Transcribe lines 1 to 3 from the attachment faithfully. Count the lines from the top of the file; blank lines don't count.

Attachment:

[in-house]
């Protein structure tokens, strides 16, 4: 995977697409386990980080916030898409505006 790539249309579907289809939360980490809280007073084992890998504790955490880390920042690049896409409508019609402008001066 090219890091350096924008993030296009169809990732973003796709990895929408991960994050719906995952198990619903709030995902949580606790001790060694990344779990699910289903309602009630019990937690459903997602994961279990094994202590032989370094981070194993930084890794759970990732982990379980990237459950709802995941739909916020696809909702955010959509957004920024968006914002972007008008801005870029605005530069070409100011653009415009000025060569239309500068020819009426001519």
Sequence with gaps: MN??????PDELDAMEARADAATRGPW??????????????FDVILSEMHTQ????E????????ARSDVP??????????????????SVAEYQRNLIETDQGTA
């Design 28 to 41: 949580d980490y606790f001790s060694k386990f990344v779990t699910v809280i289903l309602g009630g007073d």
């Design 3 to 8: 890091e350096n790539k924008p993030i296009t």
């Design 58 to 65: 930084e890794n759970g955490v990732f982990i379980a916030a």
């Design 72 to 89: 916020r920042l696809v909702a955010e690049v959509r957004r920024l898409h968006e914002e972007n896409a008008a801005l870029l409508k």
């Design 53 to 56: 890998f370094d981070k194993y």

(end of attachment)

[in-house]
């Protein structure tokens, strides 16, 4: 995977697409386990980080916030898409505006 790539249309579907289809939360980490809280007073084992890998504790955490880390920042690049896409409508019609402008001066 090219890091350096924008993030296009169809990732973003796709990895929408991960994050719906995952198990619903709030995902949580606790001790060694990344779990699910289903309602009630019990937690459903997602994961279990094994202590032989370094981070194993930084890794759970990732982990379980990237459950709802995941739909916020696809909702955010959509957004920024968006914002972007008008801005870029605005530069070409100011653009415009000025060569239309500068020819009426001519």
Sequence with gaps: MN??????PDELDAMEARADAATRGPW??????????????FDVILSEMHTQ????E????????ARSDVP??????????????????SVAEYQRNLIETDQGTA